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Global 'sleeplessness epidemic' affects an estimated 150 million in developing world

Levels of sleep problems in the developing world are approaching those seen in developed nations, linked to an increase in problems like depression and anxiety.

According to the first ever pan-African and Asian analysis of sleep problems, led by Warwick Medical School at the University of Warwick, an estimated 150 million adults are suffering from sleep-related problems across the developing world.

The results are published in a study in the journal Sleep.

Warwick Medical School researchers have found a rate of 16.6 per cent of the population reporting insomnia and other severe sleep disturbances in the countries surveyed close to the 20 per cent found in the general adult population in the West, according to nationwide surveys in Canada and the US.

The researchers, which also included academics from the INDEPTH Network in Ghana and the University of the Witwatersrand in South Africa, looked at the sleep quality of 24,434 women and 19,501 men aged 50 years and over in eight locations in rural populations in Ghana, Tanzania, South Africa, India, Bangladesh, Vietnam and Indonesia, and an urban area in Kenya.

They examined potential links between sleep problems and social demographics, quality of life, physical health and psychiatric conditions.

The strongest link was found between psychiatric conditions like depression and anxiety and sleep problems, mirroring trends seen in the developed world.

There was striking variation across the countries surveyed Bangladesh, South Africa and Vietnam had extremely high levels of sleep problems, in some cases surpassing Western sleeplessness rates.

However India and Indonesia reported relatively low levels of severe sleep problems.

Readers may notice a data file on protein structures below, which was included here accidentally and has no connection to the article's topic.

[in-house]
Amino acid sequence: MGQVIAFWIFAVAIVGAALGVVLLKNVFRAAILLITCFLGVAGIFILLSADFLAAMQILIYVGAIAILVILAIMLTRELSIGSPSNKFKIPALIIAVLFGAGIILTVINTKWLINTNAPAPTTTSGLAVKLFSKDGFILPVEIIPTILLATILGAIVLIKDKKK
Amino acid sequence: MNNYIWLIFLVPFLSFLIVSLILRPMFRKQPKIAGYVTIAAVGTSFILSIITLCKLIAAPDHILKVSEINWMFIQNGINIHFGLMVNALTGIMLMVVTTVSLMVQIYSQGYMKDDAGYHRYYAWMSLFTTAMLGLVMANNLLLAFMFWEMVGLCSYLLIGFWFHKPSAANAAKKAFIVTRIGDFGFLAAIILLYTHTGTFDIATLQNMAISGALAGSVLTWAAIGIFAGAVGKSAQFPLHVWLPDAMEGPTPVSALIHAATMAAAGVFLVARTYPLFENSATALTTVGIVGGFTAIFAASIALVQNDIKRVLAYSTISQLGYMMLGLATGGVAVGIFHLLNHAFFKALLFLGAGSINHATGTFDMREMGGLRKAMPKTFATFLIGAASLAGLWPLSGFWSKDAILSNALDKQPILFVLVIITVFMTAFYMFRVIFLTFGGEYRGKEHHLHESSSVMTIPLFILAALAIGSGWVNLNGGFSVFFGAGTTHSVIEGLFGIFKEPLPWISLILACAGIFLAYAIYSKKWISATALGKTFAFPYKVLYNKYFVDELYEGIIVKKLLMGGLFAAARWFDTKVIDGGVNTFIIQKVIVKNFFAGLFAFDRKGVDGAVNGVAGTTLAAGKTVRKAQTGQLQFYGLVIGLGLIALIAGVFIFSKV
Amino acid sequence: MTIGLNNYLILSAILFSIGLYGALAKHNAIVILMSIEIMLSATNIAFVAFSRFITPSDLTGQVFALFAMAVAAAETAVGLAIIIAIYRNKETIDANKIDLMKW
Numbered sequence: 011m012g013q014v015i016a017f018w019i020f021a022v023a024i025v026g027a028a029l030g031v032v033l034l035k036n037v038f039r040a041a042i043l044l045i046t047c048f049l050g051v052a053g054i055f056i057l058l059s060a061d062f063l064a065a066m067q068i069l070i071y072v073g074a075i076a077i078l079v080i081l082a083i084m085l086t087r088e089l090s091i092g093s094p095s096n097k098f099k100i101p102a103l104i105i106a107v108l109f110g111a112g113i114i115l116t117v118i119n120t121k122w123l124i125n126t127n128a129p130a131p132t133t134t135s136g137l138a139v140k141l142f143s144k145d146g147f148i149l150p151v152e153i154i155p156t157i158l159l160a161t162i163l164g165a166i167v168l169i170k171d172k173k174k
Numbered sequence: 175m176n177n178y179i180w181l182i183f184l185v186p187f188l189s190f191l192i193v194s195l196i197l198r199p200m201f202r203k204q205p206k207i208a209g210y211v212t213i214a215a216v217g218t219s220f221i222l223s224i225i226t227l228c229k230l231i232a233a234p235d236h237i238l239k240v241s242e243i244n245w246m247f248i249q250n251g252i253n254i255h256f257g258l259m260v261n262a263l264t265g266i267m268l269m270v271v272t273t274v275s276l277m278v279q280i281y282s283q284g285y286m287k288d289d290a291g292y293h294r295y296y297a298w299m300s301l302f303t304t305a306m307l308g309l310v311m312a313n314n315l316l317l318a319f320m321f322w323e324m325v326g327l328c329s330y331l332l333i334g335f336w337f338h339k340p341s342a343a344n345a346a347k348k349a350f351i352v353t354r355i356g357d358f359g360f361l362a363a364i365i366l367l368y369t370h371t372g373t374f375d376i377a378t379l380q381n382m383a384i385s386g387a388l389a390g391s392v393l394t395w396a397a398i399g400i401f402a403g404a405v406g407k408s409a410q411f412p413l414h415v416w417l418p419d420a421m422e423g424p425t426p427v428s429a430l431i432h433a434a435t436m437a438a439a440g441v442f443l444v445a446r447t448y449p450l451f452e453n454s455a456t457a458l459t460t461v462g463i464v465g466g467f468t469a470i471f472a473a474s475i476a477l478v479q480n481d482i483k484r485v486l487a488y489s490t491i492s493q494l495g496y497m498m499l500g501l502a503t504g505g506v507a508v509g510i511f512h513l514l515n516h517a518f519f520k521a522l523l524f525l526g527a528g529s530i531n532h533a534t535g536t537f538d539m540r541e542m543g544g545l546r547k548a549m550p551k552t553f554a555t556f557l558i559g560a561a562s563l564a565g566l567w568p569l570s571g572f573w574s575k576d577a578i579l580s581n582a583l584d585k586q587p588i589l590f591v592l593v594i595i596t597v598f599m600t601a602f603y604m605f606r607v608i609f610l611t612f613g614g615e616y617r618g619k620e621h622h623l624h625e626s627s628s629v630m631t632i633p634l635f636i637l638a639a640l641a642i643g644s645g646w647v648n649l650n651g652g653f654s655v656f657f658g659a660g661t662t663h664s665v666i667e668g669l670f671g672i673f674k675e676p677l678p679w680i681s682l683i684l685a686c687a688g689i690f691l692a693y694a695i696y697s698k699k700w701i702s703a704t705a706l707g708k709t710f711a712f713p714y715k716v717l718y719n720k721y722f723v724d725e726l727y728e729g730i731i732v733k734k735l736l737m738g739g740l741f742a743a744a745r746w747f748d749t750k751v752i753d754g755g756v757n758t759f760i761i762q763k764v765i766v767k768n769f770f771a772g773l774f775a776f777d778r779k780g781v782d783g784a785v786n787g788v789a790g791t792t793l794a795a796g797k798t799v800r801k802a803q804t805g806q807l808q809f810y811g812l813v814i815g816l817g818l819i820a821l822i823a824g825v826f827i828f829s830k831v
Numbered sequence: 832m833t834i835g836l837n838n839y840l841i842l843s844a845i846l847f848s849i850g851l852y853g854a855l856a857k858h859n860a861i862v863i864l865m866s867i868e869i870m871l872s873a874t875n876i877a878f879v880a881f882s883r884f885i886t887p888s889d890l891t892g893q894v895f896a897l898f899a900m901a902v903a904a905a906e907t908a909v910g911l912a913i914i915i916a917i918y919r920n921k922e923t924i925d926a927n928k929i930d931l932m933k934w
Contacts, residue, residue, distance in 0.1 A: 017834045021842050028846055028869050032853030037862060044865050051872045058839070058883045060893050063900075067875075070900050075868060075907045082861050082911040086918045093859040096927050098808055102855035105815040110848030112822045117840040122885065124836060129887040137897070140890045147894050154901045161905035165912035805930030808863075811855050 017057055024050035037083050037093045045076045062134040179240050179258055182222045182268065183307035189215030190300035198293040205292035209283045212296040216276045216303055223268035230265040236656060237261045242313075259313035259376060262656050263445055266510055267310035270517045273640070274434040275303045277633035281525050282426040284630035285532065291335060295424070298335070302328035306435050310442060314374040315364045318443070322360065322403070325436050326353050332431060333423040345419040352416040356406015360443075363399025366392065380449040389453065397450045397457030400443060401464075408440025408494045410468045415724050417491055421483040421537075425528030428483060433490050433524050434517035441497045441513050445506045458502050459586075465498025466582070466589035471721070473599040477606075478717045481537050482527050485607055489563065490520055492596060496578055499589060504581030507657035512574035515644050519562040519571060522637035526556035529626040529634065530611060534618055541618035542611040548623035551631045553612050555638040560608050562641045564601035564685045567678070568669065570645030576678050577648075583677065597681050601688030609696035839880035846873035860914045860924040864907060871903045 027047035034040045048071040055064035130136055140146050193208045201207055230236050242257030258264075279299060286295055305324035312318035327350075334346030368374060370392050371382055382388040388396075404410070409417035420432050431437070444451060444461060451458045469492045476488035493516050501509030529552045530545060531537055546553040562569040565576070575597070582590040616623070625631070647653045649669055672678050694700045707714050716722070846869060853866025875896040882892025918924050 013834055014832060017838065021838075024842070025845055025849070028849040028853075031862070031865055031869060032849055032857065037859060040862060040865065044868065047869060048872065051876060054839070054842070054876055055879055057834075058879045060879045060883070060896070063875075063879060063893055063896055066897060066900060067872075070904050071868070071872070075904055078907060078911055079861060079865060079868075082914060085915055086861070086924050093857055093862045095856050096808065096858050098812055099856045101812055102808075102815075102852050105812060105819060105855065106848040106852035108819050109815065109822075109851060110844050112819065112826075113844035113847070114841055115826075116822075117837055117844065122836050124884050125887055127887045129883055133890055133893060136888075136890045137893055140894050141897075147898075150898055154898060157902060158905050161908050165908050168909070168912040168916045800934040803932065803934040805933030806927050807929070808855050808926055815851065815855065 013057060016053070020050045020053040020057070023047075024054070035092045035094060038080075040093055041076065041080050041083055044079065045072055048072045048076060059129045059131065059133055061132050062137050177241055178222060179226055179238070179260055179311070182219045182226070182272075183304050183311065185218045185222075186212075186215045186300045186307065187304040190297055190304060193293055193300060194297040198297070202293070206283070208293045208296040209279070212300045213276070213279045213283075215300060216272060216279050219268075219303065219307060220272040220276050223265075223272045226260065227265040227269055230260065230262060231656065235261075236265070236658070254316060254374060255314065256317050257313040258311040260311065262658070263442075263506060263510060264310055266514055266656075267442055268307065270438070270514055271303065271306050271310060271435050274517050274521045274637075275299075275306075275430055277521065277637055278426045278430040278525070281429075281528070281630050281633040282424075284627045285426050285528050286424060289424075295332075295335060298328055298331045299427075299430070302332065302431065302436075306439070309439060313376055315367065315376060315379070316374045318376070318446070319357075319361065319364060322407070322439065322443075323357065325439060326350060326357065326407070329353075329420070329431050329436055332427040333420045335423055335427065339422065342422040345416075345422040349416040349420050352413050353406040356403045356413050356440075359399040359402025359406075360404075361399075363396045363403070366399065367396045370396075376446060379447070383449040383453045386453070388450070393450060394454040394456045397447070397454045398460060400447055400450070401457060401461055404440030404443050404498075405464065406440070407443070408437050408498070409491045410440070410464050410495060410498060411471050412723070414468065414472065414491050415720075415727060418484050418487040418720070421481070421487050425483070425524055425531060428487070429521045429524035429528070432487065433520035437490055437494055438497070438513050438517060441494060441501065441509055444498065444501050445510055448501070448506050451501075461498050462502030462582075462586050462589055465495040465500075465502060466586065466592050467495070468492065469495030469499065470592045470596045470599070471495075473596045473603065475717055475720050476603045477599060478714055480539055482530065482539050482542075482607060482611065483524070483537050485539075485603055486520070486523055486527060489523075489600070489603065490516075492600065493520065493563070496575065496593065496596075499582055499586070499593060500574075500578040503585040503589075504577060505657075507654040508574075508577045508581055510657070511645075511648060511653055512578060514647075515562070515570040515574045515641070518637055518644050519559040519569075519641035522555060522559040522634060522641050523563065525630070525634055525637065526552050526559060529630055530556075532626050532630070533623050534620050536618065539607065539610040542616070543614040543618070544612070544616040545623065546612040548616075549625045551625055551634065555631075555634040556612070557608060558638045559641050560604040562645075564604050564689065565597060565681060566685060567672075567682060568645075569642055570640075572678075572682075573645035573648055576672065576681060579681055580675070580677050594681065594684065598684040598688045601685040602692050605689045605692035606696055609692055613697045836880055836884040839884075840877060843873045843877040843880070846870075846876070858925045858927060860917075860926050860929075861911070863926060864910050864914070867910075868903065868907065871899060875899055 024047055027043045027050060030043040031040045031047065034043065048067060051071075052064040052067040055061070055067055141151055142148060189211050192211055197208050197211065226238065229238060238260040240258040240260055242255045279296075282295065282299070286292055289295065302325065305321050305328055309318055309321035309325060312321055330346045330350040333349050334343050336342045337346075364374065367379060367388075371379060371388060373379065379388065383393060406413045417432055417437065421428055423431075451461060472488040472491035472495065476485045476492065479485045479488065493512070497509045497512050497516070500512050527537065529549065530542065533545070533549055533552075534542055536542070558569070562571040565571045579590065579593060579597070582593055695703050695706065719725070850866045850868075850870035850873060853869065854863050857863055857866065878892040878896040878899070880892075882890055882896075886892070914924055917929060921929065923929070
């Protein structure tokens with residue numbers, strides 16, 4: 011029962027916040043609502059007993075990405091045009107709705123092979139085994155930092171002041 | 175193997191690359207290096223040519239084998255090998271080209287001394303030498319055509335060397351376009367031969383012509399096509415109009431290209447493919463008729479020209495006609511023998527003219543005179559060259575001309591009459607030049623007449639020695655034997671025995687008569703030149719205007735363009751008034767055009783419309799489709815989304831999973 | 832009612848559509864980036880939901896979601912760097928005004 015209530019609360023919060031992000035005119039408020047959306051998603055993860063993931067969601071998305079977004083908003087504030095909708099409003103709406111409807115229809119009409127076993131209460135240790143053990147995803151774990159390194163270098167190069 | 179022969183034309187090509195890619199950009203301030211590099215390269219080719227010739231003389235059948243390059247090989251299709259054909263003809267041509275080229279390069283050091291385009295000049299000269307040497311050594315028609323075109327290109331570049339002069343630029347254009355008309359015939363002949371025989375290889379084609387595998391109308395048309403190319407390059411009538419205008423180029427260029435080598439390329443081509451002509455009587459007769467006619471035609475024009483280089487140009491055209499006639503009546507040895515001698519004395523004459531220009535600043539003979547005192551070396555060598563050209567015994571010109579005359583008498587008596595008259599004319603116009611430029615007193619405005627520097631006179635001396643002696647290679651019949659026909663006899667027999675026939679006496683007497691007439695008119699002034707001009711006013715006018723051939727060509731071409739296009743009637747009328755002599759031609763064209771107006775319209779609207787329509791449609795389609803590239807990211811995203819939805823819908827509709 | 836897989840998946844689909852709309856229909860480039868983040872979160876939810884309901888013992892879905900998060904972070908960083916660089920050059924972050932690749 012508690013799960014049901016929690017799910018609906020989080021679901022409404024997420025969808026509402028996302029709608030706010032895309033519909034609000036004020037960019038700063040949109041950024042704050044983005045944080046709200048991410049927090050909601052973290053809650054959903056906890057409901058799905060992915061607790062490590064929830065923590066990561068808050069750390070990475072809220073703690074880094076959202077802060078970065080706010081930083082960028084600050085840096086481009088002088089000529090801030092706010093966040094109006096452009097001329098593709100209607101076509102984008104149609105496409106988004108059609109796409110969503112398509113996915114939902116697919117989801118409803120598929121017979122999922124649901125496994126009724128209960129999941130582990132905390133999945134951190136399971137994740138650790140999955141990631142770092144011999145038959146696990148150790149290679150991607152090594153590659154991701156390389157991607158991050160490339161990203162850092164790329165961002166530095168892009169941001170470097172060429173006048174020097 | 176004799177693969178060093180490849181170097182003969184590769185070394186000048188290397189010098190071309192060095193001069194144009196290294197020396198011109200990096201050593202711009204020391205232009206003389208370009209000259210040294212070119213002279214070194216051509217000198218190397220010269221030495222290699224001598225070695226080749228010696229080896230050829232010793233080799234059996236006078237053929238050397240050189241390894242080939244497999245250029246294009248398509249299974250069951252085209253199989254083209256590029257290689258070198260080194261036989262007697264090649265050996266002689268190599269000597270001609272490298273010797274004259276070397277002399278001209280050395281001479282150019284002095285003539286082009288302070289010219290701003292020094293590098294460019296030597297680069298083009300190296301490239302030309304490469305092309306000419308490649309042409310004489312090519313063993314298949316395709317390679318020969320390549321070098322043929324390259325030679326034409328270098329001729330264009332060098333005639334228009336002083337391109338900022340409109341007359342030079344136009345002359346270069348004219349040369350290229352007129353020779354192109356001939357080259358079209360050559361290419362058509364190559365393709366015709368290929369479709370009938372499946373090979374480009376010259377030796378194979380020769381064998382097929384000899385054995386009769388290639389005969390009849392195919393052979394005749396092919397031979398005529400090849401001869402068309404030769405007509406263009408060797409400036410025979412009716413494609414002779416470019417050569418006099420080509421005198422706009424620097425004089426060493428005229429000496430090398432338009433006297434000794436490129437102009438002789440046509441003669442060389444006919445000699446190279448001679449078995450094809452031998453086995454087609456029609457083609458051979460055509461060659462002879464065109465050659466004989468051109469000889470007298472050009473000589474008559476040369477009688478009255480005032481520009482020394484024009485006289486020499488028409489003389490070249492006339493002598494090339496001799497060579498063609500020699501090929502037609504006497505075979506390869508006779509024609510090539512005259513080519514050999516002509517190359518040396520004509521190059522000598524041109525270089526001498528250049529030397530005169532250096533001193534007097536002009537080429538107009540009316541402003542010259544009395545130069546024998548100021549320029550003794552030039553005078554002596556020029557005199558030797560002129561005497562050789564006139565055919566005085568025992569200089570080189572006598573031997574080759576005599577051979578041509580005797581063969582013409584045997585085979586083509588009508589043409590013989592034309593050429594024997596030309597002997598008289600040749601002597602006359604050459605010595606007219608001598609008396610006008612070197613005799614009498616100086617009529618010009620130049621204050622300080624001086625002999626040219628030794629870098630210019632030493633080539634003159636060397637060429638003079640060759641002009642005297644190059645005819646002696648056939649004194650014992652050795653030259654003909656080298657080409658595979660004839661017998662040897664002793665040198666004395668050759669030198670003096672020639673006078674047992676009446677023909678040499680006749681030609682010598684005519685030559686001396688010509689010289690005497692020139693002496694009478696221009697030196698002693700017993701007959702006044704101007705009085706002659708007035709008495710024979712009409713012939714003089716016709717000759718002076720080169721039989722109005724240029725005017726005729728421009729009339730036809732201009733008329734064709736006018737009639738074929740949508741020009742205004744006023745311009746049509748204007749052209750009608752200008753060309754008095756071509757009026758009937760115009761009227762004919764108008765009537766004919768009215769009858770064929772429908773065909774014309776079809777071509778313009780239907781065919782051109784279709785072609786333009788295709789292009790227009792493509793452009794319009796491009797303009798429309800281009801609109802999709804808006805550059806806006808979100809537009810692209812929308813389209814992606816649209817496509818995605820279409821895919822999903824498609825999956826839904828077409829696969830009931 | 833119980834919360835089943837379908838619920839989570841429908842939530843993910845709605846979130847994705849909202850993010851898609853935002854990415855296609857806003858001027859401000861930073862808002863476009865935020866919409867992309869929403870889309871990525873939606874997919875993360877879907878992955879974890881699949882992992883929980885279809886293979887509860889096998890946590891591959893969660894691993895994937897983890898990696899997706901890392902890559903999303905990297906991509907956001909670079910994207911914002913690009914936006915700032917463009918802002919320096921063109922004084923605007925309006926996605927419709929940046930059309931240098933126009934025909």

The research also found a higher prevalence of sleep problems in women and older age groups, consistent with patterns found in higher income countries.

Dr Saverio Stranges was the leading author of the manuscript at Warwick Medical School and colleague Ngianga-Bakwin Kandala performed the analyses.

Dr Stranges said: "Our research shows the levels of sleep problems in the developing world are far higher than previously thought.

"This is particularly concerning as many low-income countries are facing a double burden of disease with pressure on scarce financial resources coming from infectious diseases like HIV, but also from a growing rate of chronic diseases like cardiovascular diseases and cancer.

"This new study suggests sleep disturbances might also represent a significant and unrecognised public health issue among older people, especially women, in low-income settings.

"Also it seems that sleep problems are not linked to urbanisation as the people surveyed were mostly living in rural settings.

"We might expect even higher figures for people living in urban areas."

One of the most striking elements of the analysis was the differences between countries analysed.

Bangladesh had the highest prevalence of sleep problems among the countries analysed with a 43.9 per cent rate for women more than twice the rate of developed countries and far higher than the 23.6 per cent seen in men.

Bangladesh also saw very high patterns of anxiety and depression.

Vietnam too had very high rates of sleep problems 37.6 per cent for women and 28.5 per cent for men.

Meanwhile in African countries, Tanzania, Kenya and Ghana saw rates of between 8.3 per cent and 12.7 per cent.

However South Africa had double the rate of the other African countries 31.3 per cent for women and 27.2 per cent for men.

India and Indonesia both had very low prevalence of sleep issues 6.5 per cent for Indian women and 4.3 per cent for Indian men.

Indonesian men reported rates of sleep problems of 3.9 per cent and women had rates of 4.6 per cent.

Contact: Anna Blackaby
University of Warwick

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